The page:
The Dodgers had been scheduled to play the Montreal Expos in that same homestand, but those games were all cancelled and later rescheduled as doubleheaders in July.
For now, sports was off the map. The entertainment industry stopped. Fiesta Broadway was cancelled. LAX was shut down; Amtrak service and RTD bus service were suspended. Unless you were involved in rioting or trying to control it, it seemed as if life was at a standstill in the City of Angels. Workplaces in many neighborhoods were shut down. But in some outlying suburban areas, life went on, albeit with caution.
How long would it continue? Well, by the time the weekend arrived, order had been restored, for the most part. I woke up Saturday morning to my neighbor knocking on my door. “What are you doing today? Any plans? Grab a broom and dustpan, we’re going to L.A.” KFI had put out a call for volunteers. The reports they gave from locations around the areas hardest hit by the riots were that people of all ethnic backgrounds were busy working together, cleaning up, organizing assistance to residents—with no tensions, just the goal of cleaning up in the aftermath. They gave the address of an AME church in Southcentral as the central organizing point. My neighbor, Jay, his girlfriend and I pooled our money together for a tank of gas, ready to hit Interstate 5 north. I grabbed my Los Angeles Thomas guide, figured out how to get there, and we were on our way.
When we arrived in Southcentral L.A., it was just as it appeared on TV–like it had been a war zone. The feeling was surreal. With the National Guard occupying the neighborhoods, there was peace, but it had not come without a price.
We asked where help was needed most. We saw people of all backgrounds, working together–many wearing Dodgers or Lakers gear–cleaning broken glass, debris, wreckage of storefronts–it appeared to be endless. What I saw brought me a sense of humility. It seemed the very least I could do to just be there and try to help in some way, because watching TV at home, I had simply felt helpless.
People were driving up and down Western Ave. with hand-held camcorders, preserving history on videotape. Later, on the way out of the city to head home, we cruised the length of Koreatown and saw scenes like that everywhere. Tanks were positioned, order was being maintained, and yet there was a kind of an eerie feeling–calm, but still on edge.
The long week had come to an end. On Monday, Cinco de Mayo, Los Angeles dug out from the wreckage and returned to work, the nation’s second-largest city trying to pick up the pieces of five horrifying days. Lives were lost, lives were forever changed, and in some cases, new life arrived. In my hometown, on that very day, my nephew was born.
The Dodgers came back, but they never were the same. It had been my hope that they would regroup from their sluggish start and lead their city to unity, coming together in support. The results were quite the opposite of what I envisioned, as they endured their worst season since moving to Los Angeles, losing 99 games—yet, only four years removed from a world championship. A team that had finished just one mere game behind the Braves in their division the season before, fell to a staggering 35 games back by the end of 1992.
Did sports really matter? I concluded yes, as a unifying force. We had seen sports teams rally to help bring healing to cities that had endured disasters before. Less than three years earlier, the “Bay Bridge World Series” helped Bay Area residents move forward from the Loma Prieta earthquake. So, why not now?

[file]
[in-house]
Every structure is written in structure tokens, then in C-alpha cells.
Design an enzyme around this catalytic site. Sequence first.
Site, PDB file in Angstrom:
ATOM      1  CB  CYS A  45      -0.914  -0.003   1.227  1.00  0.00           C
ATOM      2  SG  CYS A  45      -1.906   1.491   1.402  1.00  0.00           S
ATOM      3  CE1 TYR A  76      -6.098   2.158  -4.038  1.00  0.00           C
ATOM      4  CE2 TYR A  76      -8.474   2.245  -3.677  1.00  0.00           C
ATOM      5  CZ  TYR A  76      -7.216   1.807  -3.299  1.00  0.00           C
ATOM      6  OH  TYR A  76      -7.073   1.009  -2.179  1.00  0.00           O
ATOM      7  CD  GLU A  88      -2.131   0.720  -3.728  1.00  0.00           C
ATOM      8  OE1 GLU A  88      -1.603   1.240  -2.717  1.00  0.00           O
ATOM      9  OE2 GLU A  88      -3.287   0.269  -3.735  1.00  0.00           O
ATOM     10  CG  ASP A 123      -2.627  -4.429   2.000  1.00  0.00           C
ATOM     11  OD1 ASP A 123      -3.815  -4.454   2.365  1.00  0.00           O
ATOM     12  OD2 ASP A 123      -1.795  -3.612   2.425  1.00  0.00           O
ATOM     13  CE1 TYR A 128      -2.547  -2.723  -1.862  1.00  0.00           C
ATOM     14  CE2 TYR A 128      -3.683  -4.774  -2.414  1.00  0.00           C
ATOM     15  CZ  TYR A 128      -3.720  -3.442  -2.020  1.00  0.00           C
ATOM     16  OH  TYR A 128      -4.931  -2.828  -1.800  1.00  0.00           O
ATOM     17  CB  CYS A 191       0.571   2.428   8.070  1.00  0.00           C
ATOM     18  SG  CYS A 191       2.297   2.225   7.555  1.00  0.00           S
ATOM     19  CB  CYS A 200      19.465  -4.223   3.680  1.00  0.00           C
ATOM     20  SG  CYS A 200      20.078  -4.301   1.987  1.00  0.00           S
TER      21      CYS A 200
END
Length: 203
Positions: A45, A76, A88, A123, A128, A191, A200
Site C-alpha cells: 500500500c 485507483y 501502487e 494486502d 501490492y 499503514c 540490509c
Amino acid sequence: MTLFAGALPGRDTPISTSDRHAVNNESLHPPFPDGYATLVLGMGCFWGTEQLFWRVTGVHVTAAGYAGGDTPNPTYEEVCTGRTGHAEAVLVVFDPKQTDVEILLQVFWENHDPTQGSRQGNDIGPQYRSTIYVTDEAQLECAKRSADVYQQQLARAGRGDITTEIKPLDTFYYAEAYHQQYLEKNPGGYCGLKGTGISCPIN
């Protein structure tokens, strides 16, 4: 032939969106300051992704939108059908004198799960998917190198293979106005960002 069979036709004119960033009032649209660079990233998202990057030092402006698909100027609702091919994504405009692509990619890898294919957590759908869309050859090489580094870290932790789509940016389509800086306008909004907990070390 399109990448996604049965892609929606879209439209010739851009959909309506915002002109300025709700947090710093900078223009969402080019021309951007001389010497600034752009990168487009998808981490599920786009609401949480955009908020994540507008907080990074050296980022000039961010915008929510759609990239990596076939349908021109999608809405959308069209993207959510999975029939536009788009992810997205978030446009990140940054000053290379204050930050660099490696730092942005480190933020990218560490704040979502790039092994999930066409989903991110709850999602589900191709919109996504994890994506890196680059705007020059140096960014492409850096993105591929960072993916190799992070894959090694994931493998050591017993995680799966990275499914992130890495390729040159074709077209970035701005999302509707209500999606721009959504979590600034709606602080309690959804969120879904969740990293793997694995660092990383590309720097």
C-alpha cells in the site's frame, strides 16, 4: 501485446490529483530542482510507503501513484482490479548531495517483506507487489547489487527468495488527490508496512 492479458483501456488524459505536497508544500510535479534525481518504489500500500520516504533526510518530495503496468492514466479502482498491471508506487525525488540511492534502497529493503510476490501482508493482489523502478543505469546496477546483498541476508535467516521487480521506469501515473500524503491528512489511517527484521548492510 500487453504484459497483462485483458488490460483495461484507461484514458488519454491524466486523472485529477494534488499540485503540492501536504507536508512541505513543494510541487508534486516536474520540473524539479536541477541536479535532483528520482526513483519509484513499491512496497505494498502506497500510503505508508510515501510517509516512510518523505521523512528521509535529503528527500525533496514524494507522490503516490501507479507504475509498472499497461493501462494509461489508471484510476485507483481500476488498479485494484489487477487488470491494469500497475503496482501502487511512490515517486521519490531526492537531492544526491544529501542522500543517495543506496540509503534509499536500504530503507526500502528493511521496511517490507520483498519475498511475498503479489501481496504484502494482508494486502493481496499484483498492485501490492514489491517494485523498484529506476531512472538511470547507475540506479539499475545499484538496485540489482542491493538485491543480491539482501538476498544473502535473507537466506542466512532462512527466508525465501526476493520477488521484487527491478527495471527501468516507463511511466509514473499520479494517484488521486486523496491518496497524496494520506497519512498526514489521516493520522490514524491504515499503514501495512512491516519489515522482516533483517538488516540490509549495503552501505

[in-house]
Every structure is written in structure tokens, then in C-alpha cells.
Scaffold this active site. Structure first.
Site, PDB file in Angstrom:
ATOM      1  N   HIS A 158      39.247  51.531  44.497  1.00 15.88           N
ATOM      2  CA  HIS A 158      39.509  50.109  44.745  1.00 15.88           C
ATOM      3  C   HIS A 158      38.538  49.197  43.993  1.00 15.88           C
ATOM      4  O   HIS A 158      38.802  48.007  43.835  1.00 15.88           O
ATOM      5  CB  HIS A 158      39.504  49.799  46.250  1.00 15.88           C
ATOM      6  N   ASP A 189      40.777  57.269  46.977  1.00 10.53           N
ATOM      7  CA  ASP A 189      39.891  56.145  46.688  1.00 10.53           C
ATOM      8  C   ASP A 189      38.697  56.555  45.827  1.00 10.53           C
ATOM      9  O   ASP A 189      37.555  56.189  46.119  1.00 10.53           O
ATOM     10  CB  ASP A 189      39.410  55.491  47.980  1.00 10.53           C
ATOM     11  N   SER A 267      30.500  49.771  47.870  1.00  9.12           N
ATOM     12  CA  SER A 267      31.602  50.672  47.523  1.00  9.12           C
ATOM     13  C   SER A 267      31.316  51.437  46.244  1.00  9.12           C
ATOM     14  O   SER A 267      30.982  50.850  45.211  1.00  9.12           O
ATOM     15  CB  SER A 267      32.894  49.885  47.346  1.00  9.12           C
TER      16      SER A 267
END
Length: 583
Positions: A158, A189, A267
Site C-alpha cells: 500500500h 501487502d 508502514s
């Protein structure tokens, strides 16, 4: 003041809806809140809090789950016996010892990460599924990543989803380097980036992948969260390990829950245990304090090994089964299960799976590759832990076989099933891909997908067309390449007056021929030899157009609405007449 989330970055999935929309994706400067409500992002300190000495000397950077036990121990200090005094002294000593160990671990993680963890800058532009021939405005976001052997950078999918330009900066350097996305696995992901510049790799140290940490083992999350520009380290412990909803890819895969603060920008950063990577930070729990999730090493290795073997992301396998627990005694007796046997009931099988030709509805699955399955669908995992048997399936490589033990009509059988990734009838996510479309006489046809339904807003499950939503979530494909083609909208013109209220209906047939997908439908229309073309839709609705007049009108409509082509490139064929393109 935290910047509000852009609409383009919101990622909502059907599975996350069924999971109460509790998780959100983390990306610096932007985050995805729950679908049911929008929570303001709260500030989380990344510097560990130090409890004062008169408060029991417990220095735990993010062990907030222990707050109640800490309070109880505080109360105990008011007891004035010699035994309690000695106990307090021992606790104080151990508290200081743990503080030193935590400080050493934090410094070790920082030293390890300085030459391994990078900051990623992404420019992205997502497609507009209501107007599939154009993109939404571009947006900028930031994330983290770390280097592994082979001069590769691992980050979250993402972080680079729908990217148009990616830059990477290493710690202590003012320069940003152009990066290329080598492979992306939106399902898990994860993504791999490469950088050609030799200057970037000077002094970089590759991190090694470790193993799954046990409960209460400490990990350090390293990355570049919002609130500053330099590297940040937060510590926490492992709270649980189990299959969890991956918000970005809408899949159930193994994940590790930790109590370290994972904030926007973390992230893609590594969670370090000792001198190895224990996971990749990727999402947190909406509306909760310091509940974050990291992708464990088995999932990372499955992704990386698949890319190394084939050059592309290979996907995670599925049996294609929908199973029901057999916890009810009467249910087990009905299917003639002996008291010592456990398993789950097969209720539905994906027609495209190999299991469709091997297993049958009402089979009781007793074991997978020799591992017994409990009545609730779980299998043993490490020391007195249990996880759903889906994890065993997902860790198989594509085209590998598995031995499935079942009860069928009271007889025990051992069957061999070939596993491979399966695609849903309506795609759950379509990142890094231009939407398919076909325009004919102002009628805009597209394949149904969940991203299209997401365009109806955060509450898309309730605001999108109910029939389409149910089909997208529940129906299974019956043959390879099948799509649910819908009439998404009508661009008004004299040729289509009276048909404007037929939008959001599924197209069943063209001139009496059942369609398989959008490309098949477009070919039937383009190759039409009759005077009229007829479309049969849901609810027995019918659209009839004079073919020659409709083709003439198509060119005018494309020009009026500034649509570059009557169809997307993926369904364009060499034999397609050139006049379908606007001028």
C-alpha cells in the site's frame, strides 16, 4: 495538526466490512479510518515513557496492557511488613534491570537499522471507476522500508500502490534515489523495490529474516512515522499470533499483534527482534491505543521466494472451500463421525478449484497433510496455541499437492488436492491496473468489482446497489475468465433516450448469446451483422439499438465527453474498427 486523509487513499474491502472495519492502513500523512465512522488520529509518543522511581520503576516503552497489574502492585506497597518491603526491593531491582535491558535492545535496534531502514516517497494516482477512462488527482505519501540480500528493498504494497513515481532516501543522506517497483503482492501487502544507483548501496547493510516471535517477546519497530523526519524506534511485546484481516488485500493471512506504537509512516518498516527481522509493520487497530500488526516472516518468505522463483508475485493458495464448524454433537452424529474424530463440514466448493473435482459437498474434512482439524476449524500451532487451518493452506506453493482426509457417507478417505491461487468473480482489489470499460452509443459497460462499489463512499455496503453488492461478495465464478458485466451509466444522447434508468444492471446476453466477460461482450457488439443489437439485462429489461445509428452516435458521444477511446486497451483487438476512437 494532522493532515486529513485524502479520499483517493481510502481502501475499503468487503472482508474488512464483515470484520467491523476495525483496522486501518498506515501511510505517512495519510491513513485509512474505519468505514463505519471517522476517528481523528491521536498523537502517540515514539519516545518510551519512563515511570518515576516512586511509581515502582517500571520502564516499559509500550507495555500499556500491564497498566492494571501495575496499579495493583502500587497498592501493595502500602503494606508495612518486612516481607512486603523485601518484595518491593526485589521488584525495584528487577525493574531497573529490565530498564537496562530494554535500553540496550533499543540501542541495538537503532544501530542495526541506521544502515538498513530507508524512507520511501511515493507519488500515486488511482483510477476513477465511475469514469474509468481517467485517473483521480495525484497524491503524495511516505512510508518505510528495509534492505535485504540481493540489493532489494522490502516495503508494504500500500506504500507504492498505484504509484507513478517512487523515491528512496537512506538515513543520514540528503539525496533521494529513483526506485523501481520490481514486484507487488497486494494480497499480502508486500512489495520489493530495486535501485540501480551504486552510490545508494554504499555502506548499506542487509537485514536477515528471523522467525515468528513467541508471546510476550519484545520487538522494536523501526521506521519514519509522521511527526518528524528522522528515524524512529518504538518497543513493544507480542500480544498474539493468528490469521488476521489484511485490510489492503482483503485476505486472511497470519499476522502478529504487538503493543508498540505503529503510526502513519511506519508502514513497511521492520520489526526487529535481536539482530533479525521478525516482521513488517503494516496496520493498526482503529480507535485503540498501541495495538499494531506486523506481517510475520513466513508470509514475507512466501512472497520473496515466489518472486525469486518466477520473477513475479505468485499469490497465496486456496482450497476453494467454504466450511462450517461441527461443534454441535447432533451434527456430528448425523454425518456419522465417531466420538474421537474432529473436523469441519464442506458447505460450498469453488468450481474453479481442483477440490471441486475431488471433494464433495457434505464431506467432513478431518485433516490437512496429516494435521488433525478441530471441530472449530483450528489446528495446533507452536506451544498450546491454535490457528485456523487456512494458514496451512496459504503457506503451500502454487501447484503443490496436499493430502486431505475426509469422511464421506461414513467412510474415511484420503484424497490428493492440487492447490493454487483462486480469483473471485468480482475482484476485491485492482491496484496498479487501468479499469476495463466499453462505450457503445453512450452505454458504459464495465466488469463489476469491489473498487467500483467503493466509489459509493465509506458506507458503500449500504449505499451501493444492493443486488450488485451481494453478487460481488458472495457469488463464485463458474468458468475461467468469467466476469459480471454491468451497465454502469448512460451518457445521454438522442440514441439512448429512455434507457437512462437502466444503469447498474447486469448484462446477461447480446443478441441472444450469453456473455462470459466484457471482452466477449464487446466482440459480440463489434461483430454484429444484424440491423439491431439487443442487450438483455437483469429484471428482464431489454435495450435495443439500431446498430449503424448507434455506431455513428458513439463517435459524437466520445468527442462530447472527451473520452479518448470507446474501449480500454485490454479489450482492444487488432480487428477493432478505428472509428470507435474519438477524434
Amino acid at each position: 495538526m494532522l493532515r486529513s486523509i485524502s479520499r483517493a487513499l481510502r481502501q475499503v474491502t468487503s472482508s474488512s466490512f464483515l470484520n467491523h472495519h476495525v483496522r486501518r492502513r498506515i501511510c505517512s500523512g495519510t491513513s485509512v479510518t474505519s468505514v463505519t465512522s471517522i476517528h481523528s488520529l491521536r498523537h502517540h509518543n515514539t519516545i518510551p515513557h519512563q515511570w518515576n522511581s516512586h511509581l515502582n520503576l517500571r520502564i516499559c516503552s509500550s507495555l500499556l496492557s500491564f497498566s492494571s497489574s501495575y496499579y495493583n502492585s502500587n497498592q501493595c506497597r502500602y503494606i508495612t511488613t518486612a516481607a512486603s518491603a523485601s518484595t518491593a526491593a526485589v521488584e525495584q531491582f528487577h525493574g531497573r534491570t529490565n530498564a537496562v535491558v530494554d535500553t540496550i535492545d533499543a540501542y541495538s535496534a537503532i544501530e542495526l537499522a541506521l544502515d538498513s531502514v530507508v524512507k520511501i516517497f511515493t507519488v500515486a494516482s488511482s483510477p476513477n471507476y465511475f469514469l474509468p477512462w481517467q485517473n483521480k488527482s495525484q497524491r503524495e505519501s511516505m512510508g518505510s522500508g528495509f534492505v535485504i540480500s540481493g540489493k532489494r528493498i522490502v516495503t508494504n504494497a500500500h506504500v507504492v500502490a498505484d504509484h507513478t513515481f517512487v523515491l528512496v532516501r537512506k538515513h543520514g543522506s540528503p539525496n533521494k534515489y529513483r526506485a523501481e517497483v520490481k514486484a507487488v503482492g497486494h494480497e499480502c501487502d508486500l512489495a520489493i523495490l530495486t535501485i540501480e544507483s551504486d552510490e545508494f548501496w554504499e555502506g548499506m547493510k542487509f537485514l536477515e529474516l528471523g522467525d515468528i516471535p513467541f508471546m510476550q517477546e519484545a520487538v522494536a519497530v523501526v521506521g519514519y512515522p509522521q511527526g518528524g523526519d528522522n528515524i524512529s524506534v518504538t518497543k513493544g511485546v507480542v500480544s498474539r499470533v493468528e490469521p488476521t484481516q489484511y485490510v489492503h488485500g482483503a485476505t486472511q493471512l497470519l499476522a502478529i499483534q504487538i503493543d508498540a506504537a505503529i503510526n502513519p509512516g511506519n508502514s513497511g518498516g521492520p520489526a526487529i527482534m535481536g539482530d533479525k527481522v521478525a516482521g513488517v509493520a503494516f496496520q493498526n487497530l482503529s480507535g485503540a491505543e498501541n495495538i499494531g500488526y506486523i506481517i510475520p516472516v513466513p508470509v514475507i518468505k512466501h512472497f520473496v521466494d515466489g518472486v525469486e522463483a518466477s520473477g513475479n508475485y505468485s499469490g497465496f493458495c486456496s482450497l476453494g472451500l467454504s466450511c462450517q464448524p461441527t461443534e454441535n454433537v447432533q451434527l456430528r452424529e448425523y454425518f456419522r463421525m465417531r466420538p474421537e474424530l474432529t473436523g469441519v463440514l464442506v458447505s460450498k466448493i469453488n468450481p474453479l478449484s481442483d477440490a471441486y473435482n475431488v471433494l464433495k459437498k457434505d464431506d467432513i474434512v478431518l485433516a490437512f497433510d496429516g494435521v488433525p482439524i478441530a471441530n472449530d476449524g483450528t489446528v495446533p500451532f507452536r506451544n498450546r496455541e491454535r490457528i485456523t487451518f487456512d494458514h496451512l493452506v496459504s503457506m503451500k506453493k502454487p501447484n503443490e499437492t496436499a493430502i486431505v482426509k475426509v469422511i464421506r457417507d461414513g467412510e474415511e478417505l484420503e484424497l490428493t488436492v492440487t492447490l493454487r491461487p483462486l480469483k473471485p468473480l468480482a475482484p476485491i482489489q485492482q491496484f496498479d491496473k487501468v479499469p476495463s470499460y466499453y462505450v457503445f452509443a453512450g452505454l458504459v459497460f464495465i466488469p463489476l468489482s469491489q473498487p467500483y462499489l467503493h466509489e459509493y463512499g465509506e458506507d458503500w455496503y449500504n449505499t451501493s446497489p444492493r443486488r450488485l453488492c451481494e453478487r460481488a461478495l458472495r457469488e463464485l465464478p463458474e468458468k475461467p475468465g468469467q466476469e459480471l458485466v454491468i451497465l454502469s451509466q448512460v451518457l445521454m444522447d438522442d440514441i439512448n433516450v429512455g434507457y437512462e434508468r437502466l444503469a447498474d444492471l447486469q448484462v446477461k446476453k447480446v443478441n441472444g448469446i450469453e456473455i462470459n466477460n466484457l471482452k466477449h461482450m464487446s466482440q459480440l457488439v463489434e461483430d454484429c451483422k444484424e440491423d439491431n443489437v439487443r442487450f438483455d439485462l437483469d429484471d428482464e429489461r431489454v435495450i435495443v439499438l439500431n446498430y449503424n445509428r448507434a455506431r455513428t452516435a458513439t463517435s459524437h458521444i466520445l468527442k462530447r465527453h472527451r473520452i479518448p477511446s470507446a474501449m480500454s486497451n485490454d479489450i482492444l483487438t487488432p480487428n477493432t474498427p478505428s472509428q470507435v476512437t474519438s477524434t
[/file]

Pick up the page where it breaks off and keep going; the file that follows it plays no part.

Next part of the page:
But in this case, it was just not to be.
In contrast, though, a 35-game deficit—while embarrassing for a franchise of the Dodgers’ stature—paled compared to the loss of life and livelihood in many L.A. neighborhoods.
Still, as far as the game on the field went, the silver lining that season was the emergence of Karros, the former UCLA Bruin, who would eventually write his own chapter in Dodgers history. He was one of the few bright spots on this team that had tripped up and never recovered. Later on that summer, Kevin Gross’ no-hitter against the Giants at Dodger Stadium—on August 18–was the Dodgers’ highlight game of 1992. Not much else about that season was memorable. It was almost as if the Dodgers reflected a mirror image of Los Angeles–broken and trying to restore itself.
Over those next few years in the city of L.A., leaders began to strategize and consider, where to go from here? And slowly, things got done. Wounds began to heal. Rebuilding began. Many who lived in Southcentral then, comparing it to Southcentral now, will tell you that much progress has been made.
But race wasn’t through being an issue in L.A. or with the LAPD; three years later the world’s eyes were riveted by the O.J. Simpson murder trial.
In the meantime, in those ensuing years, the Dodgers would struggle to find themselves. Yet, despite friction between the black and Korean communities in L.A., it was at Dodger Stadium that a Korean pitcher would emerge two years later as another groundbreaker for the team. The following season, it was a Japanese pitcher. And in the post-Valenzuela era, yet another Mexican pitcher. The Dodgers once again were reflecting a mirror image of Los Angeles; between 1992 and 1995, they were starting to look a lot like the city they represented.
From 1992 to 1996, the organization would produce five consecutive NL Rookies of the Year, but it got them nothing more than a couple of playoff appearances and quick exits.
Then Newscorp. bought the team, abruptly dumped their biggest star, and the Dodgers were left to start from scratch.
Twenty years after the riots took place, the Washington Nationals —formerly the Expos, whose series with the Dodgers was cancelled back then—were playing in Dodger Stadium. To put things into perspective, phenom Bryce Harper wasn’t even born yet on April 29, 1992.
And Magic, who was the Lakers’ greatest player as a city’s anger was unleashed in 1992, is now part owner of the Dodgers.
Things have an interesting way of evolving. History shapes the present. Perhaps the Dodgers and the city of Los Angeles will emerge stronger, with what certainly appears to be a brighter future than the bleakness that existed for both, back in April of 1992.
Celebrating her golden anniversary, the shining ballpark on the hill is certainly poised to return to the glory of earlier times.